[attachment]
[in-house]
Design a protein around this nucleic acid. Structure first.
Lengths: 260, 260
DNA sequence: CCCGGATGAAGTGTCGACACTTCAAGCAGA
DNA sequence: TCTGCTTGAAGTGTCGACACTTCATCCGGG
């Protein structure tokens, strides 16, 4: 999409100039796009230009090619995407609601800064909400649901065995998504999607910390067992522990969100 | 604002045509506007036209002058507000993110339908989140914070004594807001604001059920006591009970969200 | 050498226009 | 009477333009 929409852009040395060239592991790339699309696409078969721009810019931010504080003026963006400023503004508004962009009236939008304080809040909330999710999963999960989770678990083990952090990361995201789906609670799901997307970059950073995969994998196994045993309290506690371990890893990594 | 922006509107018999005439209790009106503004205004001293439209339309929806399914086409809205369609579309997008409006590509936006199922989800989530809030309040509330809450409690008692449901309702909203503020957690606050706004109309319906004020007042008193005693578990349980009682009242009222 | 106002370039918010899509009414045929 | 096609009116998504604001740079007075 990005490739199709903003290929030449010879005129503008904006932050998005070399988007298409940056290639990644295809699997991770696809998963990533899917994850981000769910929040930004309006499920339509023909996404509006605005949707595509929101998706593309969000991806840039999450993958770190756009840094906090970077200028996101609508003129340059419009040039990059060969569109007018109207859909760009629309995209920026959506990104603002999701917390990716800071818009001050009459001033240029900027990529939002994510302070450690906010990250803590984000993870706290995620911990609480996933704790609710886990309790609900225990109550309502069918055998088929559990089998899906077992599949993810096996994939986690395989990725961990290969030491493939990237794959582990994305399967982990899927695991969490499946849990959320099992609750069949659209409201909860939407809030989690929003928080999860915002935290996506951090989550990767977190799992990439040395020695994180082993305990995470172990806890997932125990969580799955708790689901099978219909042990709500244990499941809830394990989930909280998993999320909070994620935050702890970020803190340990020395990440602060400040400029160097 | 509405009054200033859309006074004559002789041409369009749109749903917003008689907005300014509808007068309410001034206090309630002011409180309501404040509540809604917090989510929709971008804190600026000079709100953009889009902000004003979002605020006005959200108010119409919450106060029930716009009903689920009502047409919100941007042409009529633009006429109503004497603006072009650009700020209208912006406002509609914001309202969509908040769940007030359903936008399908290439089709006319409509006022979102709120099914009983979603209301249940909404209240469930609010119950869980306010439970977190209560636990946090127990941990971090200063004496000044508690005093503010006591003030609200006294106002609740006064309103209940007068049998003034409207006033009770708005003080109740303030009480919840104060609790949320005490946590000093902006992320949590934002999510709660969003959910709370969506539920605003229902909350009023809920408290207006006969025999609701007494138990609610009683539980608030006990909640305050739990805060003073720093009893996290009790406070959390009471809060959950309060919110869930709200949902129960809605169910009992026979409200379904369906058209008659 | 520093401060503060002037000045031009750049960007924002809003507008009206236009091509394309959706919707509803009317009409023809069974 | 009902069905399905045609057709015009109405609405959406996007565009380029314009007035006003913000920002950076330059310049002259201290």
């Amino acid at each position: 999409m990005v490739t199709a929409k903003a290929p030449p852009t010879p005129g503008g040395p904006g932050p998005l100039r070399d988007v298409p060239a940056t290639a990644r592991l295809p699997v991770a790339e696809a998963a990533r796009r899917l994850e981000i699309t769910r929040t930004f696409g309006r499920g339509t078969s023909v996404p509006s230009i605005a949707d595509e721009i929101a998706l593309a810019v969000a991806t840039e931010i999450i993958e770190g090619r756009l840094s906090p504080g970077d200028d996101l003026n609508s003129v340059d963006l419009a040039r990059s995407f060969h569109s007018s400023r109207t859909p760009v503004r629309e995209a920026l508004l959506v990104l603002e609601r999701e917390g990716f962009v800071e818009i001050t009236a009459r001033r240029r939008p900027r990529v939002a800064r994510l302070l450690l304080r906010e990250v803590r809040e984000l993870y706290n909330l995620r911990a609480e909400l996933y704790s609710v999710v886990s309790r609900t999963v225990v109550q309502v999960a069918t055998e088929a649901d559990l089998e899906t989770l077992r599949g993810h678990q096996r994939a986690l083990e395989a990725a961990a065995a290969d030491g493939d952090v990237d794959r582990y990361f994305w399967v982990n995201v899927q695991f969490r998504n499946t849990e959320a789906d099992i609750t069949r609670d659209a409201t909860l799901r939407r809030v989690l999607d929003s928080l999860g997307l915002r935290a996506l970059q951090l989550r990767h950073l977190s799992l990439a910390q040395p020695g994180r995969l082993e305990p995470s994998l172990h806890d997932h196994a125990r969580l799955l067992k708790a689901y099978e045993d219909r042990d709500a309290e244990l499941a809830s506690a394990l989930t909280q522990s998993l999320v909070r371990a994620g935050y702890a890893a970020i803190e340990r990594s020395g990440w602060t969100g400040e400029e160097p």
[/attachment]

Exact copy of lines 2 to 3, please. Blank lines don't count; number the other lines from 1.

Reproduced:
Design a protein around this nucleic acid. Structure first.
Lengths: 260, 260